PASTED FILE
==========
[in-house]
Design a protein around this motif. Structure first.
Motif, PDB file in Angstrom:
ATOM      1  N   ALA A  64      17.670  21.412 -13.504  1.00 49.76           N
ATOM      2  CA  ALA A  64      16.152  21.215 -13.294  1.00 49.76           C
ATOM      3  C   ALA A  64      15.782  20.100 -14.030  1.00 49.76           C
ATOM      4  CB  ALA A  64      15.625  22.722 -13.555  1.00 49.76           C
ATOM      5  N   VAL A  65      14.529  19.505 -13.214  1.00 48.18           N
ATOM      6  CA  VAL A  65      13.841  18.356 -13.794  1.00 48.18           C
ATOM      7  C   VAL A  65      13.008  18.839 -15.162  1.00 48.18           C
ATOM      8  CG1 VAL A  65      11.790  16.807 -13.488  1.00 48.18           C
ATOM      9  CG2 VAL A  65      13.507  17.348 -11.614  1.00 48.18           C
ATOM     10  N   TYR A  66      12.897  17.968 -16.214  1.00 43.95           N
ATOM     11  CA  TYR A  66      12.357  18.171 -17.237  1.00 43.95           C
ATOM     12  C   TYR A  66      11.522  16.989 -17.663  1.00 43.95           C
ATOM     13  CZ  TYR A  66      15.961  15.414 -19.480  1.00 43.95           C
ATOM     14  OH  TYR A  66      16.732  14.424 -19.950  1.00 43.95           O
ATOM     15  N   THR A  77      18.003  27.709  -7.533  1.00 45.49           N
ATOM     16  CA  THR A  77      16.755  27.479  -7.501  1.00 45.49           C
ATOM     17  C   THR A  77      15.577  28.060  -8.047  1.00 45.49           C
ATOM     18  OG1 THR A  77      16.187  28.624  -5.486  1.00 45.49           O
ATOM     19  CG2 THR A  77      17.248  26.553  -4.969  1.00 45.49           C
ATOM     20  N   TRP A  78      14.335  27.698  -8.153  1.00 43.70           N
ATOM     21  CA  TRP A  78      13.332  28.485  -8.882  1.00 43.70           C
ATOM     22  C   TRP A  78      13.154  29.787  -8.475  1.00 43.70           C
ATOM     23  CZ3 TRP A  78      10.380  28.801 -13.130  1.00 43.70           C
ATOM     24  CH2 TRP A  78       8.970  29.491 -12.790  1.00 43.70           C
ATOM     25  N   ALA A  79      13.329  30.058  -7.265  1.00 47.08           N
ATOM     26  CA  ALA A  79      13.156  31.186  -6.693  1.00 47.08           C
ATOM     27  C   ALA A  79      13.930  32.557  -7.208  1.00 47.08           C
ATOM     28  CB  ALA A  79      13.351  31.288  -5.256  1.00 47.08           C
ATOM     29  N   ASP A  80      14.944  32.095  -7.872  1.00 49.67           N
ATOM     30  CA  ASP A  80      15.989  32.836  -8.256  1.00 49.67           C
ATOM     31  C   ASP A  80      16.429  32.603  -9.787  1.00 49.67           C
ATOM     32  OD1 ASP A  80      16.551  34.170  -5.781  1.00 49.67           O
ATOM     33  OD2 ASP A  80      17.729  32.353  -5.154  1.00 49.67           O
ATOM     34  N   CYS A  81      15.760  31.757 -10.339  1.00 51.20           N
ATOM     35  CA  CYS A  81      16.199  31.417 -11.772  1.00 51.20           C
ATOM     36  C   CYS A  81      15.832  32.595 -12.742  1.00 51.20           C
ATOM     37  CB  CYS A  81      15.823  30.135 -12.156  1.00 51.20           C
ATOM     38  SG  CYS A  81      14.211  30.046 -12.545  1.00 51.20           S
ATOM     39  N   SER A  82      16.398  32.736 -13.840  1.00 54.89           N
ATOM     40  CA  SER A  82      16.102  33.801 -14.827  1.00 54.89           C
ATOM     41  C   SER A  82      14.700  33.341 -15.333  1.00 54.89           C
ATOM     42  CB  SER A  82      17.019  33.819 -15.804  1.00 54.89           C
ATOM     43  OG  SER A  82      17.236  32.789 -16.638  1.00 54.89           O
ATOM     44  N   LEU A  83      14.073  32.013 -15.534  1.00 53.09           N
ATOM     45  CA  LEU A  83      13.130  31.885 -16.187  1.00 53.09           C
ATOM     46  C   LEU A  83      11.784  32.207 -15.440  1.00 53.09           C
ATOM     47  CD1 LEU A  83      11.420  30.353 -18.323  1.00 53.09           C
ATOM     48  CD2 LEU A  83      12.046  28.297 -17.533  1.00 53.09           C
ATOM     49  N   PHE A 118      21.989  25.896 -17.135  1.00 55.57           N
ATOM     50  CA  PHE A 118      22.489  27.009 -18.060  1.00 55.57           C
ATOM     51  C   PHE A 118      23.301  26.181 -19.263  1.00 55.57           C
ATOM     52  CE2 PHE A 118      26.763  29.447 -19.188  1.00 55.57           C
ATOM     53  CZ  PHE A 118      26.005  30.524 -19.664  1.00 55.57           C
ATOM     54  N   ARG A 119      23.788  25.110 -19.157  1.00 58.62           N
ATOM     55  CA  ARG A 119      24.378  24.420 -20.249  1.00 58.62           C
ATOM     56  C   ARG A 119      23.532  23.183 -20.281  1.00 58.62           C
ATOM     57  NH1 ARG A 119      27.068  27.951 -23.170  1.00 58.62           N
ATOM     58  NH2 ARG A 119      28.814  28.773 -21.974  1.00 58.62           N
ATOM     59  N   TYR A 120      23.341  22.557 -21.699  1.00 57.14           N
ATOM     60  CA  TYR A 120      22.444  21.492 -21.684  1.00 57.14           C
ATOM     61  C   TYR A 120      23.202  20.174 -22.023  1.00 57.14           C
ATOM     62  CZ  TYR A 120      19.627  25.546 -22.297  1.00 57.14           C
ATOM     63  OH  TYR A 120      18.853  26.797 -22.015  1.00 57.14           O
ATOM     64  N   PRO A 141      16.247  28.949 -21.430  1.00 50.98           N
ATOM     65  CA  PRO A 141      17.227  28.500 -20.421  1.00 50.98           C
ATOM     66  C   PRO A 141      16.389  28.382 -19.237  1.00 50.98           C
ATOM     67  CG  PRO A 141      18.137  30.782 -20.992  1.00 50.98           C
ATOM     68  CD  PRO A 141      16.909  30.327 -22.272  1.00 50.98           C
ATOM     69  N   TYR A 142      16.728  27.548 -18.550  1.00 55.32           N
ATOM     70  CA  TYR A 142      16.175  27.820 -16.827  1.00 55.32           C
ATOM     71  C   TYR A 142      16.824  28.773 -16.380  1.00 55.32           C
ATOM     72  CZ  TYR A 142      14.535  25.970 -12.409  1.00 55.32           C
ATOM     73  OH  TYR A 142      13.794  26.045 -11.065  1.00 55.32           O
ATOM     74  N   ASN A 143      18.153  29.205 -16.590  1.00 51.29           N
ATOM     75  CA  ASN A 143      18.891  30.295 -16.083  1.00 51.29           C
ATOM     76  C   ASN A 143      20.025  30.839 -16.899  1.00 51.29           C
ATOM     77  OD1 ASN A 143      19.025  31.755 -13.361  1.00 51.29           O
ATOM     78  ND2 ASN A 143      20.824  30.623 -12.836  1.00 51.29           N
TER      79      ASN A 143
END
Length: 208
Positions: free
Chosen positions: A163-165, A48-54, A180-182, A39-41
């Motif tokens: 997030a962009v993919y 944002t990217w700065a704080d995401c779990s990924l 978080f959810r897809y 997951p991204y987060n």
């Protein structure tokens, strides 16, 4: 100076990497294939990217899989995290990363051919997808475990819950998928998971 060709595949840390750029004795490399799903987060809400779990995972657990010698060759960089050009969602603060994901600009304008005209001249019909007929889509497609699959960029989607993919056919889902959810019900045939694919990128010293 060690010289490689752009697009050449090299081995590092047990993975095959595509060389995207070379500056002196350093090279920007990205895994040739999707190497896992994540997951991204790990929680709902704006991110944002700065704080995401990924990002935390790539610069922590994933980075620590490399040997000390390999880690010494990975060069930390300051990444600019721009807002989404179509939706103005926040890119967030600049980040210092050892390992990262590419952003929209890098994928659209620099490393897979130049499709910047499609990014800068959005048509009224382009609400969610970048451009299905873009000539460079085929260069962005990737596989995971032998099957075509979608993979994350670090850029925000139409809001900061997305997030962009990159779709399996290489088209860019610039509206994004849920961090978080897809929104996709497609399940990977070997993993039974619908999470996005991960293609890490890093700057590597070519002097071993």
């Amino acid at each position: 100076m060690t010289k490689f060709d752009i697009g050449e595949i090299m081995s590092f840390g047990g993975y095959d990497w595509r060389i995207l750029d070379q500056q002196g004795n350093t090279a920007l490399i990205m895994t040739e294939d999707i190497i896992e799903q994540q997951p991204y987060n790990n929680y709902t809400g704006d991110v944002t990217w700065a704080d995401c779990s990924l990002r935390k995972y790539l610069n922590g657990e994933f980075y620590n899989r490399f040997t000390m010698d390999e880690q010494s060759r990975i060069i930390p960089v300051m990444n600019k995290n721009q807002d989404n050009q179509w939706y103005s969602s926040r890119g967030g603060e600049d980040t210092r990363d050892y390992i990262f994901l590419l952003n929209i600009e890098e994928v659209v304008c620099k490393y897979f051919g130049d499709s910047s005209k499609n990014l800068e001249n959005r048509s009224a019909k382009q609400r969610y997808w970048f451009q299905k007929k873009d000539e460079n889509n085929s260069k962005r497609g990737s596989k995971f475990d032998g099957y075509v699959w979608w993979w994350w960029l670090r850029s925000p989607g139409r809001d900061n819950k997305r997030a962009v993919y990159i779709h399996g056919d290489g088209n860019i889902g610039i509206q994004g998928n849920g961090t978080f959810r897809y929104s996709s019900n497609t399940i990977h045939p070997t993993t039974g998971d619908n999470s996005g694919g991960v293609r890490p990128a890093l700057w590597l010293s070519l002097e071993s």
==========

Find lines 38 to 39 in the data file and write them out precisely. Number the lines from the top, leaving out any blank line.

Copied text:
ATOM     35  CA  CYS A  81      16.199  31.417 -11.772  1.00 51.20           C
ATOM     36  C   CYS A  81      15.832  32.595 -12.742  1.00 51.20           C